23. Middleburg, at the mouth of the Scheldt, in Holland; Orwell, a seaport in Essex.

    24. Shields: Crowns, so called from the shields stamped on them; French, "ecu;" Italian, "scudo."

    25. Poor scholars at the universities used then to go about begging for money to maintain them and their studies.

    26. Parvis: The portico of St. Paul's, which lawyers frequented to meet their clients.

    27. St Julian: The patron saint of hospitality, celebrated for supplying his votaries with good lodging and good cheer.

    28. Mew: cage. The place behind Whitehall, where the king's hawks were caged was called the Mews.

    29. Many a luce in stew: many a pike in his fish-pond; in those Catholic days, when much fish was eaten, no gentleman's mansion was complete without a "stew".

    30. Countour: Probably a steward or accountant in the county court.

    31. Vavasour: A landholder of consequence; holding of a duke, marquis, or earl, and ranking below a baron.

    32. On the dais: On the raised platform at the end of the hall, where sat at meat or in judgement those high in authority, rank or honour; in our days the worthy craftsmen might have been described as "good platform men".

    33. To take precedence over all in going to the evening service of the Church, or to festival meetings, to which it was the fashion to carry rich cloaks or mantles against the home- coming.

    34. The things the cook could make: "marchand tart", some now unknown ingredient used in cookery; "galingale," sweet or long rooted cyprus; "mortrewes", a rich soup made by stamping flesh in a mortar; "Blanc manger", not what is now called blancmange; one part of it was the brawn of a capon.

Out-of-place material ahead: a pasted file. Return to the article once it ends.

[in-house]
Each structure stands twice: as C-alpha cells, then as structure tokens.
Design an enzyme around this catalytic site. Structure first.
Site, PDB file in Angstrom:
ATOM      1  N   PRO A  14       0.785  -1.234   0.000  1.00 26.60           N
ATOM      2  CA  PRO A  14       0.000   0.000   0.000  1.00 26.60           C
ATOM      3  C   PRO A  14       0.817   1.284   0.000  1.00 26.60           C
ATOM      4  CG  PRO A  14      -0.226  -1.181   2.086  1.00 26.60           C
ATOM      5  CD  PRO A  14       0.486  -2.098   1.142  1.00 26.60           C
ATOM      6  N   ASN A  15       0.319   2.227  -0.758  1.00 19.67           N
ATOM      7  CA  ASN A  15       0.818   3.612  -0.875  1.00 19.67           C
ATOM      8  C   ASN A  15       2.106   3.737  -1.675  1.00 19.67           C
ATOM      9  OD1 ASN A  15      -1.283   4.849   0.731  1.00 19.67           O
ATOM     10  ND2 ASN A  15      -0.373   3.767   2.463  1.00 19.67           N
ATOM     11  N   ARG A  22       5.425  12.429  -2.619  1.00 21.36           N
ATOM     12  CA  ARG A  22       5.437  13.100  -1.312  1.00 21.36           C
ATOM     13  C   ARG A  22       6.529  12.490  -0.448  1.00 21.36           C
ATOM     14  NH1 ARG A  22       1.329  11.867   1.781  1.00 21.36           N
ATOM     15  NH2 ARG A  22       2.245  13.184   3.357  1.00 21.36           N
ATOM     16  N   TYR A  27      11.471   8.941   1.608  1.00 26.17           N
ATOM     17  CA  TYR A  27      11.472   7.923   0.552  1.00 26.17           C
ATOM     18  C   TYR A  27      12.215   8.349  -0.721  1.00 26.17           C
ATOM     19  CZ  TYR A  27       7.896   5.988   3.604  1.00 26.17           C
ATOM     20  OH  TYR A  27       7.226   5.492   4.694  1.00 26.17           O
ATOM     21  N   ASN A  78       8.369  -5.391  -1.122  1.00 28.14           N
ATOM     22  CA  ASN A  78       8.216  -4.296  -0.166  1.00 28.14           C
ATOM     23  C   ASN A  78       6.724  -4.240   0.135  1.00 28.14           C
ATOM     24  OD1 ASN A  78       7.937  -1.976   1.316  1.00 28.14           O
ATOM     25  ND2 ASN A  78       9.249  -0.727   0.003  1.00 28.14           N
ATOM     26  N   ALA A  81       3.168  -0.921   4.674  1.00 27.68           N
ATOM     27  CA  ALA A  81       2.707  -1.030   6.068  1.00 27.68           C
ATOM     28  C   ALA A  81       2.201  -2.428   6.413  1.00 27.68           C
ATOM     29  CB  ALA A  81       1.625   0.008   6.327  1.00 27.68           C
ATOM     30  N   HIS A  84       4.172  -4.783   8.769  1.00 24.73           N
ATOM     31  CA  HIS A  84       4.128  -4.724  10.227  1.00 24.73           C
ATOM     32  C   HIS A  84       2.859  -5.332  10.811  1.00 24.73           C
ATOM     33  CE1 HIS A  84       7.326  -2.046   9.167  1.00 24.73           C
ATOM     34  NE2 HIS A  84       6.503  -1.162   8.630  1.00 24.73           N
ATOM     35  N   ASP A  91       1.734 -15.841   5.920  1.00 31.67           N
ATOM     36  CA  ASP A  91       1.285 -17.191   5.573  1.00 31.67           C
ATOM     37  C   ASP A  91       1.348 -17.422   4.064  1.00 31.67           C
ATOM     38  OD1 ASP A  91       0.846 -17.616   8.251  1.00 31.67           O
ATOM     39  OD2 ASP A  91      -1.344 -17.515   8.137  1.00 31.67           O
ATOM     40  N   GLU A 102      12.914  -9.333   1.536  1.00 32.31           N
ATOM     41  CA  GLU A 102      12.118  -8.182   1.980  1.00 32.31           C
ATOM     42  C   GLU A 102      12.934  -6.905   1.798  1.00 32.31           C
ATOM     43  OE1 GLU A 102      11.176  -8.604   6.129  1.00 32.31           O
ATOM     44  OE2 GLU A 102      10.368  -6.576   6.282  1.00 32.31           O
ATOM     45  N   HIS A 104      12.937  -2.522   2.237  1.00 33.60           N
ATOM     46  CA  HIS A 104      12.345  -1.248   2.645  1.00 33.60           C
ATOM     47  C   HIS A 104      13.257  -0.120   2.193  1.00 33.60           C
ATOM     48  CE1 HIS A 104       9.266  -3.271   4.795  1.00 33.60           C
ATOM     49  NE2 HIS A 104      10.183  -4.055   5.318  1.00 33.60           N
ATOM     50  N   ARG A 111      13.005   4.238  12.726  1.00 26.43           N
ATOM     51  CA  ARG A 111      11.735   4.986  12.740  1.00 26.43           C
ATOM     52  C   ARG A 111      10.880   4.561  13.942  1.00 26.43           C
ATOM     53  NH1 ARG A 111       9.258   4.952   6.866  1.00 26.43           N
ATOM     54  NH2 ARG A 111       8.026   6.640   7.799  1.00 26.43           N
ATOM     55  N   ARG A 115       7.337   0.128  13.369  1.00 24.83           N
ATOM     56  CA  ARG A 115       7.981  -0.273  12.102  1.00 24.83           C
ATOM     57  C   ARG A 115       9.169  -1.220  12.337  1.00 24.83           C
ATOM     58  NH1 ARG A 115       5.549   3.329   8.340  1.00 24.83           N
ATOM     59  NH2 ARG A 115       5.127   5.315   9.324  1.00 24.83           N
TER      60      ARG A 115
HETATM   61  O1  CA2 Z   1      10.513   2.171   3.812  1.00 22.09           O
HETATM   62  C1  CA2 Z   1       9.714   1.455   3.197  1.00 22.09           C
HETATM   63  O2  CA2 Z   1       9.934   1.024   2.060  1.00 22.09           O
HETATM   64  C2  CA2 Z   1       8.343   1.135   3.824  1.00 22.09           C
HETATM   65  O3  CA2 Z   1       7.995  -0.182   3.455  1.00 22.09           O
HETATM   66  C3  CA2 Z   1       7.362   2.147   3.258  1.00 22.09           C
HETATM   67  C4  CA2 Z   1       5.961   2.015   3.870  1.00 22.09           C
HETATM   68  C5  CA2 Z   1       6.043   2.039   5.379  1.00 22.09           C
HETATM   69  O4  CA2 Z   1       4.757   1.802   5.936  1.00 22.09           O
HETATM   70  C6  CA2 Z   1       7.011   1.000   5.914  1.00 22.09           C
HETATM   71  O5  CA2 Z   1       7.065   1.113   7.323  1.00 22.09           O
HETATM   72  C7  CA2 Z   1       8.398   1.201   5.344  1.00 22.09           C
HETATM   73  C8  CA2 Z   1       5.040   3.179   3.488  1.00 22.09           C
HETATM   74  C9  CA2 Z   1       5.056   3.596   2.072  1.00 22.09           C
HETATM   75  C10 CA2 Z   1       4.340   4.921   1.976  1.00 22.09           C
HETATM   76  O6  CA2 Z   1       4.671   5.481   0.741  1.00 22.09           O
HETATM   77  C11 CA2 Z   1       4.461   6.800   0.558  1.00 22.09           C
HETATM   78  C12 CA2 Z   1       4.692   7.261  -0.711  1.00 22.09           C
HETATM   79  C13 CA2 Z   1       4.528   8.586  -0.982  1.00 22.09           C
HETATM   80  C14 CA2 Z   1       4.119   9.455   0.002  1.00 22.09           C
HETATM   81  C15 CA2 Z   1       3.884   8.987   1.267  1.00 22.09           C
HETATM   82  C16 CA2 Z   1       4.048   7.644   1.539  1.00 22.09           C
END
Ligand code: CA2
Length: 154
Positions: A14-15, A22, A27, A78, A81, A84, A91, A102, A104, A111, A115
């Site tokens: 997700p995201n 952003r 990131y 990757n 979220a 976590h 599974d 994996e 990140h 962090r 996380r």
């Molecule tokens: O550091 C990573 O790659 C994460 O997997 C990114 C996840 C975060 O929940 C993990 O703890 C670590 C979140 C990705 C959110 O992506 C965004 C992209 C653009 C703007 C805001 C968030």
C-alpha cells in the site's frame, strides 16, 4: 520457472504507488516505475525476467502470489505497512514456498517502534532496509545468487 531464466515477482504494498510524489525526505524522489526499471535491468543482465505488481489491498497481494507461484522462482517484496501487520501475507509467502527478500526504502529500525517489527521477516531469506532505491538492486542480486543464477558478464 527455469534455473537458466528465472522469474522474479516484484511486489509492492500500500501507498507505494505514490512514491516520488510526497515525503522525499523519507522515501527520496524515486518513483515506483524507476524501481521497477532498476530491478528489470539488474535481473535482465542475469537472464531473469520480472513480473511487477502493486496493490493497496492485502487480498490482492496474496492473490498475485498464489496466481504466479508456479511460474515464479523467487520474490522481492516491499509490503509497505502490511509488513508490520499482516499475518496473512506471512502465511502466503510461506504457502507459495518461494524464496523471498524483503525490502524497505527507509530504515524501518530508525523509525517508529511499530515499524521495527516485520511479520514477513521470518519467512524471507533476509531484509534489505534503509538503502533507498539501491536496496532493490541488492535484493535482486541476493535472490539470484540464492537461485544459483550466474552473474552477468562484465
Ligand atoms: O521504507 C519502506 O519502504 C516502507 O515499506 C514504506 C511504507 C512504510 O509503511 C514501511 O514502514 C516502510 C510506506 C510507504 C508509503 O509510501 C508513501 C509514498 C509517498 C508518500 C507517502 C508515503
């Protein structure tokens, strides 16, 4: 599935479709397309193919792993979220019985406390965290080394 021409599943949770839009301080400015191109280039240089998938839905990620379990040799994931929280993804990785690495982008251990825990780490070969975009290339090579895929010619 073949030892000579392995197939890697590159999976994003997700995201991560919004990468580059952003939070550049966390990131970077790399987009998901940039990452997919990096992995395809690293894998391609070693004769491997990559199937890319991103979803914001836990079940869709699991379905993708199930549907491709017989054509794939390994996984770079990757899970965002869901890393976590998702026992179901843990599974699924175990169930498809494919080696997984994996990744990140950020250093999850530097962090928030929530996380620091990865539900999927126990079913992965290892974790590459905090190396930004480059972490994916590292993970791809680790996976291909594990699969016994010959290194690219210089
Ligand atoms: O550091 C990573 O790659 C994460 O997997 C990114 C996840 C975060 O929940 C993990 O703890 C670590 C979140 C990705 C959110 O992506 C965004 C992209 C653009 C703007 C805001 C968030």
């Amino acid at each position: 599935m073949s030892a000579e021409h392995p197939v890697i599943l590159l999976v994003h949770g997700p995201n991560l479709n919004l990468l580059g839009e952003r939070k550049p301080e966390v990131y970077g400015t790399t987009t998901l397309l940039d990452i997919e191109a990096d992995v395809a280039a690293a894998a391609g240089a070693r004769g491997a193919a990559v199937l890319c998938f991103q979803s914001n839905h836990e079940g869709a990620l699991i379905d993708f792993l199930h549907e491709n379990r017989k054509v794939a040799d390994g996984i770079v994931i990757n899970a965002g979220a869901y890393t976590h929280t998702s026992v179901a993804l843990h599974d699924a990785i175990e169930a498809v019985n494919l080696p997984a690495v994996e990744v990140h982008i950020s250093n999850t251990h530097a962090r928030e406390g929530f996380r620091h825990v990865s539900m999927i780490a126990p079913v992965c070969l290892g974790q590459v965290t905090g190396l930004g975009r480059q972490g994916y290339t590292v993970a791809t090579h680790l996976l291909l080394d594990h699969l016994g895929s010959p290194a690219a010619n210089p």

35. Lodemanage: pilotage, from Anglo-Saxon "ladman," a leader, guide, or pilot; hence "lodestar," "lodestone."

    36. The authors mentioned here were the chief medical text- books of the middle ages. The names of Galen and Hippocrates were then usually spelt "Gallien" and "Hypocras" or "Ypocras".

    37. The west of England, especially around Bath, was the seat of the cloth-manufacture, as were Ypres and Ghent (Gaunt) in Flanders.

    38. Chaucer here satirises the fashion of the time, which piled bulky and heavy waddings on ladies' heads.

    39. Moist; here used in the sense of "new", as in Latin, "mustum" signifies new wine; and elsewhere Chaucer speaks of "moisty ale", as opposed to "old".

    40. In Galice at Saint James: at the shrine of St Jago of Compostella in Spain.